HP chips to bridge the gap between the digital and material world

Imagine being able to pick a CD up off the shelves and listen to sample song clips on your mobile phone or portable media device just by scanning the packaging with a little reader.

With a newly-developed chip from HP, that scenario isn't as far-fetched as it seems.

The chip is as small as the head of a match or a small shirt button, and operates like a tiny computer, complete with wireless antennae, a modem, a microprocessor, memory driver, and memory.

At the moment the chip can store about 100 pages of text, about 4MB of information, but a spokesperson for HP Labs said that there's no reason why the capacity can't increase.

It's small size and flatness means that it could be eventually sold as self-adhesive dots, or stuck on DVDs, CDs, or photographs.

Howard Taub, the vice president of HP Labs, suggested that they could be included on DVD packaging to store previews and reviews of DVDs.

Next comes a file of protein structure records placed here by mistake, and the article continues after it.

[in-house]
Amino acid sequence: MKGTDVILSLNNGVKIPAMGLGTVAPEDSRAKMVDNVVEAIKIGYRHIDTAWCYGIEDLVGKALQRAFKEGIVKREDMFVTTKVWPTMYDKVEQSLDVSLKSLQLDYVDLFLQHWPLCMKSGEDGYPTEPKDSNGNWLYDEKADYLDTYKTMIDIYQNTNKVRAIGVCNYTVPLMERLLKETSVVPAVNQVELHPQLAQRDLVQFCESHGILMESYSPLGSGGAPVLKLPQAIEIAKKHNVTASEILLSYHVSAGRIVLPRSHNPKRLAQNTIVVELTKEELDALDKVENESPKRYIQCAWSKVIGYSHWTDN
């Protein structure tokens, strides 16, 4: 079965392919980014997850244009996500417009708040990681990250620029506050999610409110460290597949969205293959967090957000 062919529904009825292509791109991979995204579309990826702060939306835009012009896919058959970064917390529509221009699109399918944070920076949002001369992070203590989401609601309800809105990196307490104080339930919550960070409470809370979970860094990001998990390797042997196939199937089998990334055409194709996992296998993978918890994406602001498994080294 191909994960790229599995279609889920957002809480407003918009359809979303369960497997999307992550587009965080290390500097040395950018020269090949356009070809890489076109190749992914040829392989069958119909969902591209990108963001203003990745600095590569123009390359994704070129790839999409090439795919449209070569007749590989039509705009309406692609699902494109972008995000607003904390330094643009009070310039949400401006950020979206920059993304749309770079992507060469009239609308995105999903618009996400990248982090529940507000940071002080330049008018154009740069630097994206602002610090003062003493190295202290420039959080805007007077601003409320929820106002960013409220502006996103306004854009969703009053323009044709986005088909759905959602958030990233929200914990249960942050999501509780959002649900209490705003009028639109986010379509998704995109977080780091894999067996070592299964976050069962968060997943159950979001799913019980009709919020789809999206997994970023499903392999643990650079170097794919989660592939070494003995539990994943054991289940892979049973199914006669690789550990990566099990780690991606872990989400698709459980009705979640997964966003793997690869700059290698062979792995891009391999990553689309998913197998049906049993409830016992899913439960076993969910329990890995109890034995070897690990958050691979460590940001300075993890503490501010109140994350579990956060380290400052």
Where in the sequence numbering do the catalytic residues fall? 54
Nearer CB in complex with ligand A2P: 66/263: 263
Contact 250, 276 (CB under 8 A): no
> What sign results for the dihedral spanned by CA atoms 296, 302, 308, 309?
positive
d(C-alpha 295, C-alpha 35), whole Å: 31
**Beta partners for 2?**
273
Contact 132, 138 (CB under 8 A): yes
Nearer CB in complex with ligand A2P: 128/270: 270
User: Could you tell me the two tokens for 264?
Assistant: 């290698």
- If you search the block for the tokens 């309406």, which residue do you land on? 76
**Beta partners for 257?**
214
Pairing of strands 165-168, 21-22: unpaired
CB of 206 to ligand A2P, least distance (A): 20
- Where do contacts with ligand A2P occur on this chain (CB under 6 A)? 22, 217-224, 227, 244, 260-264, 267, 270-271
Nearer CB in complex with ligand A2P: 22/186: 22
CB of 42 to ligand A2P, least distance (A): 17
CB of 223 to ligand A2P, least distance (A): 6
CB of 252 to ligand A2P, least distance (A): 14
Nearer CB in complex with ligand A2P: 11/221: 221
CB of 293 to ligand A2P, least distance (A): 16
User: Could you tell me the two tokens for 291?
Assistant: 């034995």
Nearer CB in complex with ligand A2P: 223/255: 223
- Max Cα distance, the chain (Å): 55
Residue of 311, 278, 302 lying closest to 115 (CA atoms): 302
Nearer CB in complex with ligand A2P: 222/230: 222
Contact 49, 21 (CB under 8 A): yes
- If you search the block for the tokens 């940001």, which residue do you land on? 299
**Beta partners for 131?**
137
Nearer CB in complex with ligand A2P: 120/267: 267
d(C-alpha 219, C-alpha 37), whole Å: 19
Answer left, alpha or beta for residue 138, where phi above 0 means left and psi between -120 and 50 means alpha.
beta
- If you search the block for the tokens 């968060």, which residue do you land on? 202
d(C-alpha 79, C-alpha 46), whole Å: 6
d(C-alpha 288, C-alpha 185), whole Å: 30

The readers that can pick up the signal from the chip are on the same radio frequency as Bluetooth, but offer speeds of up to 10MB per second, which is comparable to Wi-Fi speeds.

Although Memory Spots are similar to RFID, or radio frequency identification, tags, they are less costly, hold more information, have faster speeds, and feature flash memory so that they can be rewritten.

This rewriting capability means that they could be used to hold information like medical files that need to be updated regularly.

It's expected to take at least a couple of years for the chip to reach commercials markets, but HP plans to license the technology much earlier.


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